Rhinitis is the inflammation of the nasal lining membranes.
Allergic rhinitis is most prevalent in childhood and adolescence.
Careful elimination of nonallergic etiologies must be done in preschool children as allergic rhinitis is unusual in <3 years of age.

Principles of Therapy

  • A step-wise approach to treatment is recommended
  • Step-down therapy as patient’s symptoms improve & step-up when symptoms worsen
  • Combination/step-up therapy may be used in patients with inadequate response to monotherapy
    • Intranasal corticosteroids & oral antihistamines: has better symptom control than monotherapy
    • Oral antihistamines & oral decongestant or leukotriene modifiers: showed better symptom control compared to monotherapy
    • Intranasal corticosteroids & leukotriene modifiers: use should be limited if symptoms lessen or disappear with nasal steroids alone
    • Intranasal corticosteroids & intranasal antihistamines or intranasal Oxymetazoline: showed better efficacy than monotherapy


  • Eg Ipratropium bromide
  • Effectively controls watery rhinorrhea, no effect on sneezing & nasal congestion
  • Onset of action is fast (15-30 minutes)
  • Adverse effects are infrequent; if present, usually localized & mild (eg nasal dryness, irritation, epistaxis)
  • H1-receptor antagonists reduce nasal itching, sneezing & rhinorrhea, but are less effective for nasal congestion; also relieve ocular symptoms
Nasal Antihistamines
  • Eg Azelastine, Olopatadine, Levocabastine
  • Rapid onset of action (<30 minutes) but relatively short-acting
  • May be used in patients with intermittent symptoms, seasonal, perennial or episodic allergic rhinitis, or with persistent allergic rhinitis & necessitate additional medication on an “as required” basis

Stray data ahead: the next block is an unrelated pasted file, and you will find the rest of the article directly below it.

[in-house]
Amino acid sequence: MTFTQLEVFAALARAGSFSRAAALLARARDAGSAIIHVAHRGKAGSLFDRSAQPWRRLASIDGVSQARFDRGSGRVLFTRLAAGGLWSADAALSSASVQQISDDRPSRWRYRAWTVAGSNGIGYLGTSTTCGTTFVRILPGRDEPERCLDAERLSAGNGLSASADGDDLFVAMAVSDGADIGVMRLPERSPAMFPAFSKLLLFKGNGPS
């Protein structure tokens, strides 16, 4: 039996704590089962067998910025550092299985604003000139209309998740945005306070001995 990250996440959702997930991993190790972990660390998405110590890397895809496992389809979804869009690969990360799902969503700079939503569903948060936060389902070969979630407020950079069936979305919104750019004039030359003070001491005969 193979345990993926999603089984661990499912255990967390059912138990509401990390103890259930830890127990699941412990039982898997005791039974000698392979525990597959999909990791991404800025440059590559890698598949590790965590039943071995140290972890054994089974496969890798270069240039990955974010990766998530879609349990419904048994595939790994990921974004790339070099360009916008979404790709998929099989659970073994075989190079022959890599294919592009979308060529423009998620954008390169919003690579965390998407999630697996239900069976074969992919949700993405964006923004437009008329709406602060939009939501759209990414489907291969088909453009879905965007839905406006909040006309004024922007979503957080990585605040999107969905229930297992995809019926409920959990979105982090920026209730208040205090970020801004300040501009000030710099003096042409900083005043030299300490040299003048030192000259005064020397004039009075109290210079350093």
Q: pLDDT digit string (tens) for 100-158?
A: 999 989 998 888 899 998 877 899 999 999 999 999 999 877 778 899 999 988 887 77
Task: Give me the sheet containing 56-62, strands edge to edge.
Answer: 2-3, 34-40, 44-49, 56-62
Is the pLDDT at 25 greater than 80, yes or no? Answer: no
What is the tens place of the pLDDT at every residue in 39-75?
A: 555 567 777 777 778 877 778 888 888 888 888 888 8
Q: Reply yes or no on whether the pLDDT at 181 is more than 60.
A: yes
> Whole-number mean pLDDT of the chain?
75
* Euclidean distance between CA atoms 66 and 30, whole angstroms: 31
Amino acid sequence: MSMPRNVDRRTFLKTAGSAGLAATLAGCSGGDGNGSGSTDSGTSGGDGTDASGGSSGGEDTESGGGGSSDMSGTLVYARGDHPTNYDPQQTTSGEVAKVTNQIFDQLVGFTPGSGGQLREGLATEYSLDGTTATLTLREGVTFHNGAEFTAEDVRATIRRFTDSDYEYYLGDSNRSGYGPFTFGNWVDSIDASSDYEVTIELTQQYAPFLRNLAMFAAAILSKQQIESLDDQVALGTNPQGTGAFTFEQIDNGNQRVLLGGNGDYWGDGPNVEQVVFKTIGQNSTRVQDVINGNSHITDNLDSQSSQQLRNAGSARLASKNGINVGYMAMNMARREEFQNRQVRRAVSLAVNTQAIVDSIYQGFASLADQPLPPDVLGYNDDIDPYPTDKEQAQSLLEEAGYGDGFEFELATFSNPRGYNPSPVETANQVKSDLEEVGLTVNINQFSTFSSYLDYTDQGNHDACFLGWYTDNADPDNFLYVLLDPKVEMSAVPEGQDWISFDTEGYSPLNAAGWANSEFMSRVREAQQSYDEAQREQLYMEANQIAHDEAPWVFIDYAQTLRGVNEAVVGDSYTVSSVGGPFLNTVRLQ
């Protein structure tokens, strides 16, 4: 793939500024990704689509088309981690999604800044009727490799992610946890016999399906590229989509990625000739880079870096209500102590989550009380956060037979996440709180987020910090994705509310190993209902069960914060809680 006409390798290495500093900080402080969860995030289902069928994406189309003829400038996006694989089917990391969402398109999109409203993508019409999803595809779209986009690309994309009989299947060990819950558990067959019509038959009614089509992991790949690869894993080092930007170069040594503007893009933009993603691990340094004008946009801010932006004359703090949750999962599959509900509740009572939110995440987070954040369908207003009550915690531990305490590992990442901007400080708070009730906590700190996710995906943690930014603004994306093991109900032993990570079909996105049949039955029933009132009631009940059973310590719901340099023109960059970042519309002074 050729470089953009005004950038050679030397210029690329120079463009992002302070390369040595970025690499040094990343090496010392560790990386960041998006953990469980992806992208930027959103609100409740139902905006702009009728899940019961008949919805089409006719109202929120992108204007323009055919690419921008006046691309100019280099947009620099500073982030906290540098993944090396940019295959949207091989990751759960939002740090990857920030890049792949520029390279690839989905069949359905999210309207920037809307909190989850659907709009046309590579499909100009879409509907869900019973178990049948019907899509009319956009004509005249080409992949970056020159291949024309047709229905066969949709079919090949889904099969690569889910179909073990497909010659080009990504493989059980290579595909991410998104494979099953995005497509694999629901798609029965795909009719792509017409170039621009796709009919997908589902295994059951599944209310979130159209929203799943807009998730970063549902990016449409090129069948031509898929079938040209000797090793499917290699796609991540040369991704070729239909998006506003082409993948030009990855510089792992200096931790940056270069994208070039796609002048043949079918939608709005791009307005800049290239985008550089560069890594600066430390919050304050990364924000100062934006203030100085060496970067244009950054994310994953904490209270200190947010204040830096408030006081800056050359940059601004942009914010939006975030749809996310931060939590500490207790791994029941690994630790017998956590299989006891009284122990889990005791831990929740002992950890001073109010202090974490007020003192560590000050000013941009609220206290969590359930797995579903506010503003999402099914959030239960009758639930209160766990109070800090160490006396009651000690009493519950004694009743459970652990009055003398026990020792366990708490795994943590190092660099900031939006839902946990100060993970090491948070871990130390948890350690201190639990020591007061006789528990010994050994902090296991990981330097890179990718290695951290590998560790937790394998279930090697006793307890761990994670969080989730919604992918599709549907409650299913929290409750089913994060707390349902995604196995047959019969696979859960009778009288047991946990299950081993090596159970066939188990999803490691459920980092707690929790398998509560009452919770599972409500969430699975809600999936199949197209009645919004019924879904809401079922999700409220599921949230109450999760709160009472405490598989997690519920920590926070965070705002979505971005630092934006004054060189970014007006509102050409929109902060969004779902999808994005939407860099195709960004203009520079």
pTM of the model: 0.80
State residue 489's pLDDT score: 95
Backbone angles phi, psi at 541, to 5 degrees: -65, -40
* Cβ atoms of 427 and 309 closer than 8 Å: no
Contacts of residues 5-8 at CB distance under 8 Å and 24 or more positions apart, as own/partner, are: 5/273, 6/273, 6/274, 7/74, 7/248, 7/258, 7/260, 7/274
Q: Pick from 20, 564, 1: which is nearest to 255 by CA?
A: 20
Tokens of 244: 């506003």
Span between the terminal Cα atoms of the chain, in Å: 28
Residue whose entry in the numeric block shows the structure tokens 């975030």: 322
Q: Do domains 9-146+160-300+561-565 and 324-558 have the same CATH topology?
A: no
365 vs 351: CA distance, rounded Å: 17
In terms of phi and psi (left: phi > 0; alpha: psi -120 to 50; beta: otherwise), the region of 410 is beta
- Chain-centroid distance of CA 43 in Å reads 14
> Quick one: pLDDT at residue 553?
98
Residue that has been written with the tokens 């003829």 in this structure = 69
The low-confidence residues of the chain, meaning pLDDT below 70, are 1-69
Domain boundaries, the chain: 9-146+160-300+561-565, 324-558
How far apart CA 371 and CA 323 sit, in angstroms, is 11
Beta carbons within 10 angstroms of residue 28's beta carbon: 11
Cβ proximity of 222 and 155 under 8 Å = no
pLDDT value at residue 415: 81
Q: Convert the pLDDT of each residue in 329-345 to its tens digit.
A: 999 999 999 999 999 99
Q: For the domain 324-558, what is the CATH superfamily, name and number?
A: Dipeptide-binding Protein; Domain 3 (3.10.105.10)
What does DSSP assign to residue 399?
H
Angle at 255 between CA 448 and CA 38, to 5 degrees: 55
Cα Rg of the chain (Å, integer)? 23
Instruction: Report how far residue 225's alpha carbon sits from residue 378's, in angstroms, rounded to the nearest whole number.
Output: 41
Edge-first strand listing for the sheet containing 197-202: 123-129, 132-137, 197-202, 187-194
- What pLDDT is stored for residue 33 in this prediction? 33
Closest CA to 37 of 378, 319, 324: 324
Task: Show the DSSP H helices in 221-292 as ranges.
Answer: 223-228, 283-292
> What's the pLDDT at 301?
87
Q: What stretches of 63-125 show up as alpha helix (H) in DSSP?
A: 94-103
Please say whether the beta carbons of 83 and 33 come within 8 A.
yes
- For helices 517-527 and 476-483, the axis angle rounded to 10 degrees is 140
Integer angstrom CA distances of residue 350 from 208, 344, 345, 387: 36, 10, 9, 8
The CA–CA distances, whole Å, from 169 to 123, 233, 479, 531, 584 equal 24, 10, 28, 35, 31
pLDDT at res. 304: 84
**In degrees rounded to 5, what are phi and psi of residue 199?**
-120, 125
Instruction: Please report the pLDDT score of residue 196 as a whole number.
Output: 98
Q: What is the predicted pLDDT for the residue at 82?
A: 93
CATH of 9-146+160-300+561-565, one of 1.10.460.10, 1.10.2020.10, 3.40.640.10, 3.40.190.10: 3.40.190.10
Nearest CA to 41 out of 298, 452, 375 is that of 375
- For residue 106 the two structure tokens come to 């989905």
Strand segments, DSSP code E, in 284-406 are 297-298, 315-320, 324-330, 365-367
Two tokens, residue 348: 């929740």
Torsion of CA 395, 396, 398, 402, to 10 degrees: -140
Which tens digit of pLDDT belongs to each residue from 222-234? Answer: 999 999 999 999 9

• Equally effective as oral antihistamines
Oral Antihistamines
  • Eg Cetirizine, Chlorpheniramine, Desloratadine, Diphenhydramine, Fexofenadine, Levocetirizine, Loratadine
  • May be used regularly for treatment of intermittent or persistent allergic rhinitis & may be used to prevent symptoms associated with occasional allergy exposure
  • 2nd generation antihistamines are ideal as 1st-line therapy in equal preference to nasal antihistamines
  • Use of 1st generation antihistamines should be limited; may reduce academic ability in school children
  • Onset of action occurs in <1 hour
Anti-Immunoglobulin E Antibody
  • Eg Omalizumab
  • Has been shown to be effective in seasonal allergic rhinitis
  • Have a strong anti-inflammatory capacity & reduce nasal itching, sneezing, congestion & rhinorrhea
Nasal Corticosteroids
  • Eg Beclomethasone, Budesonide, Ciclesonide, Flunisolide, Fluticasone, Mometasone, Triamcinolone
  • Most effective treatment for allergic rhinitis
  • Onset of action is relatively slow (12 hours), with max efficacy after a few days
    • Ciclesonide: onset of action is within 1 hour of use
    • Mometasone: onset of action is within 12 hours of use
  • Caution is needed due to the possible effect on growth; regular height measurements are advised
  • In severe cases, nasal corticosteroids should be administered before the start of allergy season as prophylaxis
Oral/Intramuscular (IM) Corticosteroids
  • IM agents are more invasive & expensive, & are less preferred
  • Oral corticosteroids are reserved for patients with refractory or severe symptoms not controlled by antihistamines or topical agents
    • Short course for 3-5 days may be helpful
  • Therapy must be limited to lowest effective dose & shortest possible time
Cromones (Nasal)
  • Less effective than antihistamines & nasal corticosteroids
  • Recommended as an alternative treatment to antihistamines & corticosteroids
  • An option due to its excellent safety profile
  • Most efficient if used regularly prior to onset of allergic symptoms but may be considered for symptomatic treatment (nasopharyngeal itchiness, sneezing, rhinorrhea)
  • Sympathomimetic & relieves nasal congestion
  • Preparations containing Ephedrine, Oxymetazoline & Xylometazoline should not be used in patients <2 years of age
Nasal/topical Decongestants
  • Eg Oxymetazoline, Xylometazoline
  • Short courses may be used to immediately reduce severe nasal congestion
  • Because of the risk of rebound congestion (rhinitis medicamentosa), use should be limited to <10 days
  • Beneficial prior to instillation of nasal corticosteroids
Oral Decongestants
  • Eg Pseudoephedrine, Ephedrine